Love it or loathe it, social media is here to stay, but the virtual world is still at a relatively embryonic stage and largely unregulated, which can make it something of a minefield for employers to navigate.
A passing comment or a fleeting Tweet can all pose serious reputational risks for employees and the companies they work for.
So how can employers implement a strong social media policy without encroaching on an employee’s private life, and what are the do’s and don’ts of such a policy?
Social media expert Nikki Hesford, who runs the Business Academy digital marketing consultancy, says one of the most important things is to communicate why you are implementing a policy for social media.
“For many employees, the immediate assumption will be that it is to control them, so it’s normally far better received if they understand why you are putting a policy in place and how it will also protect them,” she says.
The policy should, ideally, be communicated as part of the new employee induction process, and included in the employee handbook, which has to be signed as part of the induction, Hesford says.
Encourage them to look at the ‘bigger picture’
Make sure, Hesford advises, that staff understand how their activity on social media, especially Facebook, reflect on the company.
“I have seen lots of cases recently where people have become engaged in heated debates in groups or on pages, often relating to Brexit, immigration or Donald Trump, and have expressed opinions which might be considered offensive,” she notes.
“Their comments have then been screenshot and sent to their employer – who is clearly listed on their profile.” Even people who don’t list their employer on their profile can, says Hesford, be easily found through a Linked In search.
Having a robust policy in place protects the employer when there is a misconduct issue, says Hesford.
“Having it written in black and white, avoids any ambiguity over what is or is not acceptable,” she notes.
Uzma Rabi, employment consultant at Mackrell Turner Garrett law firm, says:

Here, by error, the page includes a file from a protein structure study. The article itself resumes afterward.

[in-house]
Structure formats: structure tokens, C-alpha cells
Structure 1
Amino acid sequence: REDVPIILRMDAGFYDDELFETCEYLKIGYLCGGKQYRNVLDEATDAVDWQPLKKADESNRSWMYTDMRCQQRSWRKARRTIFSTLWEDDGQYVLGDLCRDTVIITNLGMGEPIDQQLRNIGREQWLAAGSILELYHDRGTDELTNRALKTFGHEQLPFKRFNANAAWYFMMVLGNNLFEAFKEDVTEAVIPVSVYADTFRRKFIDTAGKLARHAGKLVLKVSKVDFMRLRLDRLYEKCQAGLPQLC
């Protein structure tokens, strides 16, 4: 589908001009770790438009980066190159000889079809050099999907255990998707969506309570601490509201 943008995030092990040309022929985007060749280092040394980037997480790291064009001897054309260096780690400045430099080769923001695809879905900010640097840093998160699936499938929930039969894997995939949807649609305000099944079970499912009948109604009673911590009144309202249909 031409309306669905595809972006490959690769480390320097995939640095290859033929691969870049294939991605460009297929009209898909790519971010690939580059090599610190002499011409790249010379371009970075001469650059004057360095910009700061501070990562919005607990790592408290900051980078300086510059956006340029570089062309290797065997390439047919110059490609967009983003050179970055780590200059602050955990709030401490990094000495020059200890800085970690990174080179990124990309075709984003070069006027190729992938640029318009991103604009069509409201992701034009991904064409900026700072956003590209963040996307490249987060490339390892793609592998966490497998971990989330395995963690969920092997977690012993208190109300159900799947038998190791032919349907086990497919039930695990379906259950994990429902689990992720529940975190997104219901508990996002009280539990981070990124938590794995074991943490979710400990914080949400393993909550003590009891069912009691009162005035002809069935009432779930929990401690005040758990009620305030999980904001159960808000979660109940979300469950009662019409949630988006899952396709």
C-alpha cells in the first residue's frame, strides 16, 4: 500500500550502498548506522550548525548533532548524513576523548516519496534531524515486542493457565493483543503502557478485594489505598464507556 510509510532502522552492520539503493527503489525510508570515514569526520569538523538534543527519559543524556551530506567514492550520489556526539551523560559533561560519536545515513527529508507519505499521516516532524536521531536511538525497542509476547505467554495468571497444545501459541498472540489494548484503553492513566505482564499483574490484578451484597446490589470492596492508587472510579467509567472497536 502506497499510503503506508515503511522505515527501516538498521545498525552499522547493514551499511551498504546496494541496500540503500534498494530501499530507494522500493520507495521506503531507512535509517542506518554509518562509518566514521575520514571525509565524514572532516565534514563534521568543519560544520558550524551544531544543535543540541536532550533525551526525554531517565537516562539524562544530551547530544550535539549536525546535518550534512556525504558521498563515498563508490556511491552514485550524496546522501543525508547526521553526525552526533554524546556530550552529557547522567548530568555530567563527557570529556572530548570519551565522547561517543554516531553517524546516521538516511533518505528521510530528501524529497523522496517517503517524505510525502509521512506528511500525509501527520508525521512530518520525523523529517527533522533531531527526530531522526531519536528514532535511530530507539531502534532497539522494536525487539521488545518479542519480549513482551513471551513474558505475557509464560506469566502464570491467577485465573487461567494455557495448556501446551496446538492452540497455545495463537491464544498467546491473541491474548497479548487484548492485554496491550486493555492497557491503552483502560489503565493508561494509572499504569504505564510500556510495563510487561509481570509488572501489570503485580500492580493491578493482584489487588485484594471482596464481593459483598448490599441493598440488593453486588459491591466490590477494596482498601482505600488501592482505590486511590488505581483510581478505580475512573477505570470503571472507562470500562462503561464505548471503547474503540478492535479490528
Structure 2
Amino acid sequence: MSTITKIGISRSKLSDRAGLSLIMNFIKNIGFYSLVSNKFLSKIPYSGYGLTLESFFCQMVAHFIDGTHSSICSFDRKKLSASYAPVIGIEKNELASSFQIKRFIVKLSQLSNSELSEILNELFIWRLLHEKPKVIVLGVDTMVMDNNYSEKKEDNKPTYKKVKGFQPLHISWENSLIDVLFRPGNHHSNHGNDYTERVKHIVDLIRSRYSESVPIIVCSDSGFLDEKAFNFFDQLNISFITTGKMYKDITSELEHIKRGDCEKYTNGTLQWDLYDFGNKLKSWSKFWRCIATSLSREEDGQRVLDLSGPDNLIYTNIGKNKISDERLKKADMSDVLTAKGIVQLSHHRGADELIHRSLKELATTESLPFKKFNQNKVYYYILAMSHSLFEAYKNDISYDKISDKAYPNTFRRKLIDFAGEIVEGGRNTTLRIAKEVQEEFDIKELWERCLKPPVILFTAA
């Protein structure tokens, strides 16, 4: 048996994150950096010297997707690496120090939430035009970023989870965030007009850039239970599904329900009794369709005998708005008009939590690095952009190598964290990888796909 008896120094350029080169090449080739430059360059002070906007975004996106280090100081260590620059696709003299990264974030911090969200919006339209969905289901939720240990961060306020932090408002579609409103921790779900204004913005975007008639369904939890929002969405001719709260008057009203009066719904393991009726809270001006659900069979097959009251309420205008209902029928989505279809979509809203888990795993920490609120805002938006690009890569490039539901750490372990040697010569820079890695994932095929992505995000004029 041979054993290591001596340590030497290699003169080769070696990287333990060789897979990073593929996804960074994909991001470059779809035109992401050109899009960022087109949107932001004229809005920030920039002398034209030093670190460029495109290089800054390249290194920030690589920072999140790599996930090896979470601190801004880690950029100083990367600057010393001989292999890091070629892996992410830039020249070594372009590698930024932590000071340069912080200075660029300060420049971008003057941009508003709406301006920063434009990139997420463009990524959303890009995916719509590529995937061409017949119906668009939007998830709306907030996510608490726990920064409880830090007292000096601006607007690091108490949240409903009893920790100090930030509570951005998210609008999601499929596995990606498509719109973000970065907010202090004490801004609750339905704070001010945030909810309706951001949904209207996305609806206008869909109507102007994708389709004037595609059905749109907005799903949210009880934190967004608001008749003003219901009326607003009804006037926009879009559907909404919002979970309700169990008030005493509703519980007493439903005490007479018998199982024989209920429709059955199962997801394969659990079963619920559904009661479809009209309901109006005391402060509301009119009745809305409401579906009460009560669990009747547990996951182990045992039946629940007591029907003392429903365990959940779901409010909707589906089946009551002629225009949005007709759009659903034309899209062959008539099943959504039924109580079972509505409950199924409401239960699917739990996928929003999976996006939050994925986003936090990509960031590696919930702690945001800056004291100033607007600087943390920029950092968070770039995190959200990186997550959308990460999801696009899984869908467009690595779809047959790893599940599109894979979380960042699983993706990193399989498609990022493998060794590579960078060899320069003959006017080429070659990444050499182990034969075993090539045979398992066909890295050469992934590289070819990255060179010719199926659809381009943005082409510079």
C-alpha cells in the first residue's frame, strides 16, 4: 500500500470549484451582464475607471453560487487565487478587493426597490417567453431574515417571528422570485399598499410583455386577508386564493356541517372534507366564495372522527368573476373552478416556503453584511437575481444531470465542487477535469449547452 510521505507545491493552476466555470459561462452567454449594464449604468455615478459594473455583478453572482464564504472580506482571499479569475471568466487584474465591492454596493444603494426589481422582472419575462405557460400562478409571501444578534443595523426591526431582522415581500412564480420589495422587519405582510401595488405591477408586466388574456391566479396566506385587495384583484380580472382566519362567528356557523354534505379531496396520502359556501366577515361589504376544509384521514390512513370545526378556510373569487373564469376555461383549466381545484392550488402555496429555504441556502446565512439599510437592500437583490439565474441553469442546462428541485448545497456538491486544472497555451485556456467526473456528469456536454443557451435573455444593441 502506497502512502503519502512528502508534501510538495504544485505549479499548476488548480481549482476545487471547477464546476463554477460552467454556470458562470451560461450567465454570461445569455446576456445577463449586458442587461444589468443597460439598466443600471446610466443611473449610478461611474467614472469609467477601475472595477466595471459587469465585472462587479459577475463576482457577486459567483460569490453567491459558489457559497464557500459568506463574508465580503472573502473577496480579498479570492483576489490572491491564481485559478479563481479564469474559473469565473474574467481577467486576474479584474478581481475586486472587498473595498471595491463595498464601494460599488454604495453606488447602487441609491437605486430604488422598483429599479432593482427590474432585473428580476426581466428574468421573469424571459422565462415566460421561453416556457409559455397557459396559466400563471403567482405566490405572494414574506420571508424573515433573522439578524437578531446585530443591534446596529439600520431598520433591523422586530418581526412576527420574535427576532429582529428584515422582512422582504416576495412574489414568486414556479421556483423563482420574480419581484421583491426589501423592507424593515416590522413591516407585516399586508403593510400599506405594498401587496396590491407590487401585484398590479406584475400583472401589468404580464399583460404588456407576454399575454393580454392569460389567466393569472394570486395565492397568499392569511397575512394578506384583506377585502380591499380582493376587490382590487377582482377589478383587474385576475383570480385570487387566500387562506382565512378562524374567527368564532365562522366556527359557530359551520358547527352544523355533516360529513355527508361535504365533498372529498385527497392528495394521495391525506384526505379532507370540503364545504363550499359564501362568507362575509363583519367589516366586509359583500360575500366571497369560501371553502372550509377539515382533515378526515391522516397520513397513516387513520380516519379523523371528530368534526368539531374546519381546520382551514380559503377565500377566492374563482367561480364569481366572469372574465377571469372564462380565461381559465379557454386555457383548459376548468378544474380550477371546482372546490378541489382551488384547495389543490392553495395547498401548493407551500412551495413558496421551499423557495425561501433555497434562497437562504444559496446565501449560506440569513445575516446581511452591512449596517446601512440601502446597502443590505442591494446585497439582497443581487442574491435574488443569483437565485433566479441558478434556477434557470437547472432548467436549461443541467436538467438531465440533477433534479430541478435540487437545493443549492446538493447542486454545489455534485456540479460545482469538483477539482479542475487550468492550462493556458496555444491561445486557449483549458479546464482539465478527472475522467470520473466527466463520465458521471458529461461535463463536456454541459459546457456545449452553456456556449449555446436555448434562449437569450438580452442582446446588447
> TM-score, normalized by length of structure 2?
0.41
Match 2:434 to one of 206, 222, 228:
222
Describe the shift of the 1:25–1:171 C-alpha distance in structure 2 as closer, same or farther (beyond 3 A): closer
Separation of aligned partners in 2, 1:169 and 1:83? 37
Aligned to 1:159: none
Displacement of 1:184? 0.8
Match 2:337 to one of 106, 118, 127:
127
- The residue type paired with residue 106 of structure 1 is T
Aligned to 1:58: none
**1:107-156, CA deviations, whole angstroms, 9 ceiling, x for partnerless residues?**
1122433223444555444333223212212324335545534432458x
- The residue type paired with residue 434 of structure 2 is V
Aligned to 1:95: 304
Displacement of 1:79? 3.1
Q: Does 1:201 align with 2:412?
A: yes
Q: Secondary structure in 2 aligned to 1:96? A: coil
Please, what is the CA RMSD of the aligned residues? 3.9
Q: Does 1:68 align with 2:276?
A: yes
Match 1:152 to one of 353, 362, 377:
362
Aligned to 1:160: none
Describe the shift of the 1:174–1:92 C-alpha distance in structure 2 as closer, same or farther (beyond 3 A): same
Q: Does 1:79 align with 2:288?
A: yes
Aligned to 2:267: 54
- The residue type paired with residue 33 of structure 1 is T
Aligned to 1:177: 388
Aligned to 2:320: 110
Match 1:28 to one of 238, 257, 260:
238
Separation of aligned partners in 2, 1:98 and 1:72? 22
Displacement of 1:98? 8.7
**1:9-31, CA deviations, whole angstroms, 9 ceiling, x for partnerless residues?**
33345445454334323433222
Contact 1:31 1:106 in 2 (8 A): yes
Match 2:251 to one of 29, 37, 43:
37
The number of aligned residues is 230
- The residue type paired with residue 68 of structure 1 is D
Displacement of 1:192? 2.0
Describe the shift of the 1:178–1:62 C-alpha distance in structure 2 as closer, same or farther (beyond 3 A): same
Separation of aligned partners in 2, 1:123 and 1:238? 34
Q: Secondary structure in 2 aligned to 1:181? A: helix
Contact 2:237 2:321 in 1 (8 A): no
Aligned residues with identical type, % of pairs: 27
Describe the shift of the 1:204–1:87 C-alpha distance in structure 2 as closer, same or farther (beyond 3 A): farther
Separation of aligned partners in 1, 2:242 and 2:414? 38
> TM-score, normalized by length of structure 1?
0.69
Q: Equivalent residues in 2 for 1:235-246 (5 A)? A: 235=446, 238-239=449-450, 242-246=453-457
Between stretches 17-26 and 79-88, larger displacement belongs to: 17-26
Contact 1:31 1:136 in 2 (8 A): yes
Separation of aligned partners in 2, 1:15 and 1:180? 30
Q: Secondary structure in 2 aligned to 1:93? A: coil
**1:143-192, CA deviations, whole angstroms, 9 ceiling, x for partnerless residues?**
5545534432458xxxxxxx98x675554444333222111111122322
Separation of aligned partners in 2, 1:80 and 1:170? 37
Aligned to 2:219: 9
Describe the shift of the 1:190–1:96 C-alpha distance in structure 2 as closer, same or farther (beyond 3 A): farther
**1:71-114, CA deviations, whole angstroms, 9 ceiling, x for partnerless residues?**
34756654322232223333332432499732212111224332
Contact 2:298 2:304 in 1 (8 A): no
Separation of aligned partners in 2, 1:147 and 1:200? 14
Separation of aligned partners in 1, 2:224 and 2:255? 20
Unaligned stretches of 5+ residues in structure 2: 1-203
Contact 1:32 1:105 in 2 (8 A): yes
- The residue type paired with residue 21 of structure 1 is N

“Be clear about the reasons for the policy: it is to ensure no inappropriate, offensive behaviour will be tolerated on social media. Ensure employees also understand the ‘vicarious liability’ of employers, for employees’ actions outside of working hours.”
Explain that the aim is to protect the employer’s brand and reputation.
“The policy is also for the protection of employees and their individual reputations as an employee of a particular organisation,” Rabi notes. “One that does not tolerate or condone such behaviour. This is a really important point for employees to understand.”
Appoint an internal or external social media person or someone in the HR team to carry out some form of training which should typically show a number of different scenarios of misuse of social media and the actions an employer should take in such scenarios.
‘The training programme should make employees aware of what is and is not acceptable behaviour and the sanctions an employer has put in place for misuse or abuse, i.e. disciplinary action which may involve suspension or dismissal,” says Rabi.
Set boundaries but don’t snoop
Employees should never feel as though they are being ‘snooped’ on and a policy should always factor in the Human Rights Act (i.e. the right to respect for private and family life) and Data Protection/GDPR regulations.
“A policy should not, in the words of the ACAS guidance, give the employees a feeling of being ‘gagged’ or subjected to surveillance or monitoring when it comes to their IT/computer/smart phone usage,” Rabi advises.
Remind employees that a policy can work in their favour
An employer has an obligation to protect employees from online abuse and/or cyber bullying, says Rabi.
“If an employee is suffering from online abuse it can cause huge problems for employers, including poor morale, poor relationships with colleagues and sickness absence,” she notes. The employee might, ultimately, leave the company if things are not handled sensitively.
“These are all issues which an employer should take seriously. And if it’s not handled properly, an aggrieved employee may potentially have a claim against an employer,” Rabi notes.
Georgina Fuller is an award winning freelance journalist and editor.